So you see, I am not making a brief against reading the classics of Western literature. Far from it. I am against taking these startling epiphanies of the irrational, unspoken, unthought-of side of human life into the college classroom and turning them into the bland exercises in competition, hierarchy and information-accumulation that are these works’ mortal enemies.
The notion that great literature can help you with reading and thinking clearly is also a chimera. One page of Henry James’s clotted involutions or D.H. Lawrence’s throbbing verbal repetitions will disabuse you of any conception of literature’s value as a rhetorical model. Rather, the literary masterworks of Western civilization demonstrate the limitations of so-called clear-thinking. They present their meanings in patchwork-clouds of associations, intuitions, impressions. There are sonnets by Shakespeare that no living person can understand. The capacity to transfix you with their language while hiding their meaning in folds of mind-altering imagery is their rare quality.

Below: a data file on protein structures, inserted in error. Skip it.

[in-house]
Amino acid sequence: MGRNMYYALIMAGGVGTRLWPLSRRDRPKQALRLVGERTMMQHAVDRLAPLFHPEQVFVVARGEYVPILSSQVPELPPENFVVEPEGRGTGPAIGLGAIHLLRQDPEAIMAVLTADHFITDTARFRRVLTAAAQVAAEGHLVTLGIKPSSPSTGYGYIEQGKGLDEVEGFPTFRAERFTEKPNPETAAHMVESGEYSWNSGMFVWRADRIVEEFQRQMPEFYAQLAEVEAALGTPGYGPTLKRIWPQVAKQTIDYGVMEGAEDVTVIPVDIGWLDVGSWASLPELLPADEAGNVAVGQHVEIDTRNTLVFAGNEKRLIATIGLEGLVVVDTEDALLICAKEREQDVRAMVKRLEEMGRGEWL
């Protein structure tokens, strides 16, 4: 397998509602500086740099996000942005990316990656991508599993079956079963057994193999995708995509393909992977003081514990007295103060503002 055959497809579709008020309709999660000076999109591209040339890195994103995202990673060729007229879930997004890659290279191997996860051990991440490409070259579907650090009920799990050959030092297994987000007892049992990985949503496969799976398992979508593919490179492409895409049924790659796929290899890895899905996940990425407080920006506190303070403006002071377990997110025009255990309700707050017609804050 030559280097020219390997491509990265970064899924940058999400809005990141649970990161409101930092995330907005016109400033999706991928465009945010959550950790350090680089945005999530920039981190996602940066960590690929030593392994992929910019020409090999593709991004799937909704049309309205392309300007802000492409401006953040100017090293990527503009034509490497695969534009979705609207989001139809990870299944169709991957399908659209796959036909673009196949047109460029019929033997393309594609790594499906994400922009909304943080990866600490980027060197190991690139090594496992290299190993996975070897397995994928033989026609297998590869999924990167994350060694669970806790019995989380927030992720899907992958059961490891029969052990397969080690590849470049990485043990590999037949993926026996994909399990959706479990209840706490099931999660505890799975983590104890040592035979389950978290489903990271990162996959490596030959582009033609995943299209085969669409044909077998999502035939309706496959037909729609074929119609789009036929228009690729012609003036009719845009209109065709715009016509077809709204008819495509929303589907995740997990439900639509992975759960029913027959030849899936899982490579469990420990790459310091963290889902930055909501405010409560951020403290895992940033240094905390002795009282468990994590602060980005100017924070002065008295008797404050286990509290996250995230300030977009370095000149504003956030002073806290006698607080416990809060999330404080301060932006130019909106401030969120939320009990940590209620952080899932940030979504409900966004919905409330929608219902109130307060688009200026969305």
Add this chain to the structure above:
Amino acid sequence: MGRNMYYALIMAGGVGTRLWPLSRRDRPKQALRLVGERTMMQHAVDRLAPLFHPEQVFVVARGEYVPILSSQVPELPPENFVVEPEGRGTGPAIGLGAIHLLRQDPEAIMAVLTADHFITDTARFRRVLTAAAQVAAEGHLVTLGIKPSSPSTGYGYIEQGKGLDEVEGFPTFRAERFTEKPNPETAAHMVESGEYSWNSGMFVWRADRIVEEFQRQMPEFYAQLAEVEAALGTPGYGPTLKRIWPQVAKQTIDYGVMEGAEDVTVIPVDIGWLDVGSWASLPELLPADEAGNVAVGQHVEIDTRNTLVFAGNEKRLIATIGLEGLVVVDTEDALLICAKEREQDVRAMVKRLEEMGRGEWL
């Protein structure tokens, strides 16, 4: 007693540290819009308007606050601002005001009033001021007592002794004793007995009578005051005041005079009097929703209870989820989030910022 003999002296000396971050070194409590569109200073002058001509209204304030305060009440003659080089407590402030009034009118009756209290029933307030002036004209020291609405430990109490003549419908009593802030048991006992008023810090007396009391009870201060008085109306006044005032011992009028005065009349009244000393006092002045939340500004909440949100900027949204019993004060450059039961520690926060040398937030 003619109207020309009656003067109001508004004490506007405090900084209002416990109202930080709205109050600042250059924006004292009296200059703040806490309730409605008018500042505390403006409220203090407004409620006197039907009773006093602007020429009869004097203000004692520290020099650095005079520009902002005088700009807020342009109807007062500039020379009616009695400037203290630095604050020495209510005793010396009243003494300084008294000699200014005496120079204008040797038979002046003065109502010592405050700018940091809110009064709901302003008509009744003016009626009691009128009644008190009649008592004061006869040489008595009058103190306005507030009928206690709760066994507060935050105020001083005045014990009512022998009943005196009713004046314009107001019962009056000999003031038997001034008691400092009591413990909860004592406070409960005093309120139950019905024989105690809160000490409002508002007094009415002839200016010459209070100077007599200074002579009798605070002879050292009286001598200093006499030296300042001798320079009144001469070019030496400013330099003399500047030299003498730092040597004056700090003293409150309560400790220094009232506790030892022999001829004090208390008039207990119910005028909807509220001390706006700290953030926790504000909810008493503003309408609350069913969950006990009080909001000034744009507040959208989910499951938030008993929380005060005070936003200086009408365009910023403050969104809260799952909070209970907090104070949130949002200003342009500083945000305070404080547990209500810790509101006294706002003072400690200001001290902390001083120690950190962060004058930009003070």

The literary classics are a haven for that part of us that broods over mortal bewilderments, over suffering and death and fleeting happiness. They are a refuge for our secret self that wishes to contemplate the precious singularity of our physical world, that seeks out the expression of feelings too prismatic for rational articulation. They are places of quiet, useless stillness in a world that despises any activity that is not profitable or productive.
Literary art’s sudden, startling truth and beauty make us feel, in the most solitary part of us, that we are not alone, and that there are meanings that cannot be bought, sold or traded, that do not decay and die. This socially and economically worthless experience is called transcendence, and you cannot assign a paper, or a grade, or an academic rank, on that. Literature is too sacred to be taught. It needs only to be read.
At the present moment, we are experiencing the rise of new digital pleasures and distractions, the expansion of a mostly visual culture that races far ahead of the imagination, the ubiquity of social networks that redefine the pure solitude once required for reading a demanding book. And in this time of rapid changes in the workplace, life’s great mysteries seem more economic than existential. A digital environment also stresses quantitative thinking, and perhaps that helps explain why the most exciting cultural advances are now in science and medicine.